Methods

Materials

An inhibitor of DPP-4, linagliptin was generously gifted from Boehringer Ingelheim (Ingelheim, Germany). Bovine serum albumin (BSA) (essentially fatty acid free and essentially globulin free, lyophilized powder), D-Mannose-6-phosphate (M6P) and N-acetylcysteine (NAC) were purchased from Sigma (St. Louis, MO, USA). D-glyceraldehyde from Nakalai Tesque (Kyoto, Japan). Recombinant human DPP-4 from R&D systems (Minneapolis, MN, USA). Hydrogen peroxide (H2O2) from Wako Pure Chemical Industries Ltd. (Osaka, Japan). Antibody (Ab) directed against human M6P/insulin-like growth factor II receptor (IGF-IIR) (M6P/IGF-IIR-Ab) and DPP-4 from Santa Cruz Biotechnology Inc. (Delaware, CA, USA).

Cells

HUVECs were cultured in endothelial basal medium supplemented with 2% fetal bovine serum, 0.4% bovine brain extracts, 10 ng/ml human epidermal growth factor and 1 μg/ml hydrocortisone according to the supplier’s instructions (Clonetics Corp., San Diego, CA). DPP-4 or AGE treatment was carried out in a medium lacking epidermal growth factor and hydrocortisone.

Dihydroethidium (DHE) staining

HUVEC were treated with or without the indicated concentrations of DPP-4, 100 μg/ml AGE-BSA or 100 μg/ml non-glycated BSA in the presence or absence of 50 μM M6P, 5 μg/ml M6P/IGF-IIR-Ab, 10 nM or 0.5 μM linagliptin for 4 hr, and then the cells were incubated with phenol red free Dulbecco's Modified Eagle Medium containing 3 μM DHE (Molecular Probes Inc., Eugene, OR, USA). After 15 minutes, the cells were imaged under a laser-scanning confocal microscope. Superoxide generation was evaluated by intensity of DHE staining. The intensity was analyzed by microcomputer-assisted NIH image.

Surface plasmon resonance (SPR)

Recombinant human IGF-IIR (100 μg/ml, R&D system) was immobilized via the amino groups to CM5 sensor chip (GE Healthcare, Buckinghamshire, UK) with the aid of 1-ethyl-3-(3-dimethylaminopropyl)-carbodiimide and N-hydroxysuccinimide. For affinity measurements, the association and dissociation phases were monitored in a BIAcore 1000 (GE Healthcare). Recombinant human DPP-4 was injected into the flow cell at concentrations of 0.1 and 0.3 μM at a flow rate of 10 μl/min at 25°C. The sensor chip was regenerated with pulses of 20 mM Tris–HCl buffer (pH 8.0) containing 6 M urea to the baseline level, followed by an extensive washing with the running buffer. Control experiments were performed with IGF-IIR-free channel on the same sensor chip. From the assay curves obtained, the control signals, reflecting the bulk effect of buffer, were subtracted using BIA-evaluation 4.1 software (GE Healthcare). Equilibrium dissociation constant (KD) was determined using the equation for 1:1 Langmuir binding.

Real-time reverse transcription-polymerase chain reactions (RT-PCR)

HUVEC were treated with or without the indicated concentrations of DPP-4, 100 μg/ml AGE-BSA or 100 μg/ml non-glycated BSA in the presence or absence of 10 nM or 0.5 μM linagliptin for 4 hr. Then total RNA was extracted with RNAqueous-4PCR kit (Ambion Inc., Austin, TX, USA) according to the manufacturer’s instructions. Quantitative real-time RT-PCR was performed using Assay-on-Demand and TaqMan 5 fluorogenic nuclease chemistry (Applied Biosystems, Foster city, CA, USA) according to the supplier’s recommendation. IDs of primers for human RAGE, ICAM-1, PAI-1, β-actin and 18S gene were Hs00153957_m1, Hs00164932_m1, Hs01126606_m1, Hs99999903_m1, and Hs99999901_s1, respectively.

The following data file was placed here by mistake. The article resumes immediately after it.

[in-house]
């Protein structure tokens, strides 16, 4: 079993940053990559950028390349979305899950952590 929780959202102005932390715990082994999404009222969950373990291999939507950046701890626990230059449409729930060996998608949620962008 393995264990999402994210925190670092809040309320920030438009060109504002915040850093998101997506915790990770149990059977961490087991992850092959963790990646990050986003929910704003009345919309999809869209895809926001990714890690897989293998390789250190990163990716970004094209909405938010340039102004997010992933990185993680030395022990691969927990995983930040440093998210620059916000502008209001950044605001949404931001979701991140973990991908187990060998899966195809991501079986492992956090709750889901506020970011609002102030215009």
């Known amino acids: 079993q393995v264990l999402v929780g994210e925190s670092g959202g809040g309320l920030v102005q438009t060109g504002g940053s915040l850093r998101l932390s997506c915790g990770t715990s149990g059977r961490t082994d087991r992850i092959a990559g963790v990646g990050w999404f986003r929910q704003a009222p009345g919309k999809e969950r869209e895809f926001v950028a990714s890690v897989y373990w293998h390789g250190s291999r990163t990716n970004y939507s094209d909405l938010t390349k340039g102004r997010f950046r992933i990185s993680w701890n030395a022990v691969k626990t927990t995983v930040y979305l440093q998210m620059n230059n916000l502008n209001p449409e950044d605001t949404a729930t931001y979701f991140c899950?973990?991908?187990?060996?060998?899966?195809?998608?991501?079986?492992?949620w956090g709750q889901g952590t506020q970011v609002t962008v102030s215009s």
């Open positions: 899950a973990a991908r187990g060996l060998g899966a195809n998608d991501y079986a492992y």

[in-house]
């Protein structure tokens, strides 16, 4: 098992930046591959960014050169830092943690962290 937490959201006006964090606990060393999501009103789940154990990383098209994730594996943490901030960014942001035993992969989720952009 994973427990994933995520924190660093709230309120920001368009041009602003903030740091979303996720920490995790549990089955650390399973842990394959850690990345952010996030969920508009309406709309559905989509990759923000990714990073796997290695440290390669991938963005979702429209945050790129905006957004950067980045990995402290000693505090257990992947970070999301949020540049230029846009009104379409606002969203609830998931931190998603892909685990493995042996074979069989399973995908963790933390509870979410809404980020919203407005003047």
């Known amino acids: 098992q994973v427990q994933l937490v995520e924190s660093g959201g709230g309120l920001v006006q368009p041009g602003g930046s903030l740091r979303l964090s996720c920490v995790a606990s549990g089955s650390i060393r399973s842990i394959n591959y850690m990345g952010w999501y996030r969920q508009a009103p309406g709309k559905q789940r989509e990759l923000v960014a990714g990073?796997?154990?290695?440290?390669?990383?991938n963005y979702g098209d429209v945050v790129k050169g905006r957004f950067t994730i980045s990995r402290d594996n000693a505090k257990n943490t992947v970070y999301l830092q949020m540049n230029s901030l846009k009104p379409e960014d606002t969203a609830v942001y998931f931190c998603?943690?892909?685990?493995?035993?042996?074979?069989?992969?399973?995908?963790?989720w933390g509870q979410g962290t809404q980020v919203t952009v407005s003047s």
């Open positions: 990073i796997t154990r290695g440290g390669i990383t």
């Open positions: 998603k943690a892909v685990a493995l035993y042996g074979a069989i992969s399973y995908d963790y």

Preparation of AGE-BSA

AGE-BSA was prepared as described previously [15]. In brief, BSA (25 mg/ml) was incubated under sterile conditions with 0.1 M glyceraldehyde in 0.2 M NaPO4 buffer (pH 7.4) for 7 days. Then unincorporated sugars were removed by PD-10 column chromatography and dialysis against phosphate-buffered saline. Control non-glycated BSA was incubated in the same conditions except for the absence of reducing sugars. Preparations were tested for endotoxin using Endospecy ES-20S system (Seikagaku Co., Tokyo, Japan); no endotoxin was detectable.

Preparation of Ab raised against RAGE (RAGE-Ab)

Ab directed against human RAGE was prepared as described previously [16].

Soluble DPP-4 production

HUVECs were treated with or without 100 μg/ml AGE-BSA, 100 μg/ml non-glycated BSA or the indicated concentrations of H2O2 in the presence or absence of 1 mM NAC, 5 μg/ml RAGE-Ab or 10 nM linagliptin for 24 hr. Conditioned medium were collected and concentrated 20-fold using an Amicon ultrafiltration system (5000-kDa cutoff, Merck Millipore, Darmstadt, Germany) according to the method described previously [16]. Then 20 μg proteins were separated by SDS-PAGE and transferred to polyvinylidene difluoride membranes as described previously [17]. Membranes were probed with Ab directed against human DPP-4, and then immune complexes were visualized with an enhanced chemiluminescence detection system (Amersham Bioscience, Buckinghamshire, United Kingdom).